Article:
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A Very Achewood Christmas (Old-School!)

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“Dang Ray you can’t give a kid like Philippe such as mouthwash and a condom from a men’s room vending machine for Christmas. I mean I’m used to it by now, we been friends for years, but Philippe’s still got dreams and so forth.”

Ray had the grace to look abashed, at least. “You’re right, Beef. We gotta do something righteous for him this year. Put on some old-school Christmas tunes, deck the halls up all proper, do a whole damn turkey sous-vide, and go overboard on toys like we’re his grandma with a pocket full of winnings from the bingo. I’ll do the food, Teodor, you’re in charge of the festive atmosphere, and Beef, you get your ass over to Toys R Us and see what you can get for... $11.52.”

Teodor frowned. “Ray, it’s 8:45 on Christmas Eve. Am I supposed to maybe crochet decorations out of furballs?”

“Damn it, Teodor, ain’t you got some creativity? Look in the storage space, there must be something you can use to jolly up the place a bit.”

Teodor went off grumbling, and Ray wandered into the kitchen to make himself a martini in celebration of having come up with a plan. Roast Beef took the change Ray had scrounged from under the couch and tried to think about what kids liked that didn’t cost very much. Having grown up in circumstances, he had some experience with last-minute gas station Christmas presents, but he wanted to do something better for Philippe.

When he got back, Teodor had finished with the decorations and was asleep on the couch, snoring. Draped around the spider plant was a string of lights shaped like chili peppers, remnants from Ray’s Cinco de Mayo party. Garlands made out of loops of toilet paper were hung from the ceiling, and some tinfoil had been torn into strips to make ghetto tinsel. The TV was set to the burning log channel.

Beef was a little scared to look in the kitchen – all he could hear from in there was Ray swearing. It didn’t sound like it was going well. “Cumin! That’s what it’s missing! Who ate all the sonofabitch cumin?”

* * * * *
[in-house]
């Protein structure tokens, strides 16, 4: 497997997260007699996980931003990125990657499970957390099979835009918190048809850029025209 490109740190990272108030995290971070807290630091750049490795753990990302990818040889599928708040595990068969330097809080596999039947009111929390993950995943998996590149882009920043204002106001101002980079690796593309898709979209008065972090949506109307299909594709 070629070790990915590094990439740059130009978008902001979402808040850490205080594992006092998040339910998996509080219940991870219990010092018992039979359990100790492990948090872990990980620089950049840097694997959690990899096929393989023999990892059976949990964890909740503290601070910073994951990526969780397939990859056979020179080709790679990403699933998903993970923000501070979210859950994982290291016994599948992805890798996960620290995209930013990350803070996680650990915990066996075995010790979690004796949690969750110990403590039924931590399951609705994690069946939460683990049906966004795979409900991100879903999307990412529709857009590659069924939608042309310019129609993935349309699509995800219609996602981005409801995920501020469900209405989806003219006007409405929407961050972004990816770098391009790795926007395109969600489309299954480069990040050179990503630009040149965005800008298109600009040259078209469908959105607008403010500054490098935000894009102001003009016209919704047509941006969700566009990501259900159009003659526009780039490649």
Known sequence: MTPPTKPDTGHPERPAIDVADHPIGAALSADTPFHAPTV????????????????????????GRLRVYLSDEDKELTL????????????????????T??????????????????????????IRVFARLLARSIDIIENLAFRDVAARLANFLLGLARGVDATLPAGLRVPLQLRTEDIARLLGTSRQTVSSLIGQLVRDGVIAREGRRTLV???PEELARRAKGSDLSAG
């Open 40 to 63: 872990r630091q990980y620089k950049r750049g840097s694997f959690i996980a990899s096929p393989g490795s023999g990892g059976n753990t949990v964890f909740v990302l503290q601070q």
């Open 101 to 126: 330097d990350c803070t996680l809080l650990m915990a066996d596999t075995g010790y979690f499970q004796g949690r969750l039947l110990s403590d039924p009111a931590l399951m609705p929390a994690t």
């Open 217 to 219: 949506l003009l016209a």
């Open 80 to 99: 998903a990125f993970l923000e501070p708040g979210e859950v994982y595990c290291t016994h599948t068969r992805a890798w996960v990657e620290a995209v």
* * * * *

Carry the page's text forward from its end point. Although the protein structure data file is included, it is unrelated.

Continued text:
Beef took out the gifts and sat down at the table to wrap them in the tinfoil that was left. The corner store was picked over pretty bad, but he thought he’d done okay. A soap-on-a-rope – Philippe had been worried about dropping the soap ever since Ray warned him never to do it, because he was afraid it would make some burly guy sneak up on him in the shower and scare him, and then he might slip and hurt himself. A pack of stationery so he could write to his mom. He wouldn’t care that it said “From Phyllis’s Desk” – it was the closest name Beef could find to ‘Philippe.’ A bag of marshmallows that went with the length of PVC pipe he’d found in the alley - once that was washed up, it would make a pretty sweet blowgun for shooting the marshmallows out of.

As an afterthought, he also found a booklet of Post-it notes and started writing up some ‘coupons.’ Good for one free cooking lesson with Ray. Good for three knock-knock jokes from Teodor. Good for one pretend puff on Cornelius’s pipe. Good for one free taco from the joint where Molly worked. Then he thought long and hard about what he could give the kid. Beef didn’t know much about what kids liked, but Philippe was kind of a quirky kid anyway. Finally he wrote down ‘Good for one day of playing computer games with Roast Beef.” The last few blank ones he filled in with “Good for one hug.” He was kind of proud of that one.

Ray came out of the kitchen in a cloud of cayenne-scented smoke. “It’s a bit more Cajun than I would have liked, since SOMEONE’s been messing with my spices, but damn that étouffée is going to be fine.” He had another celebratory martini, this one with three olives.

“Uh Ray, it’s midnight – this all don’t need to be ready until maybe like noon tomorrow.”

Ray looked blank for a moment. “Shiiiiiit,” he said at last.

Beef hung his head. All he’d wanted was to make a nice Christmas for Philippe, the kind the kid wouldn’t be telling his therapist about in twenty years, and they couldn’t even do that right. He wasn’t sure why he’d even tried...

Teodor stirred and rolled over on the couch. “Is it morning yet?” he asked groggily.

“Technically, yes,” Ray said.

“Great. We go wake Philippe up now and tell him it’s Christmas time – he’ll be so excited he won’t care it’s still dark out.”

“Hey, yeah!” Ray looked cheered. “Kid wakes us up early all the time, so we’ll turn the tables on him, get a head start on this whole holiday deal. Turkey dinner at two in the morning, like celebrities!”

Beef looked up. Maybe Christmas wasn’t ruined after all. “Okay,” he said with an attempt at a smile, “let’s go and wake him up.”

Teodor was right. Philippe was so excited that he ran right out into the living room. “It’s like magic!” he said, as he admired the tinsel and the lights. “Presents too!” He ripped them open (“old-school,” Ray said) and thanked them for everything, and hugged them each twice. Beef didn’t even feel like charging him coupons for those.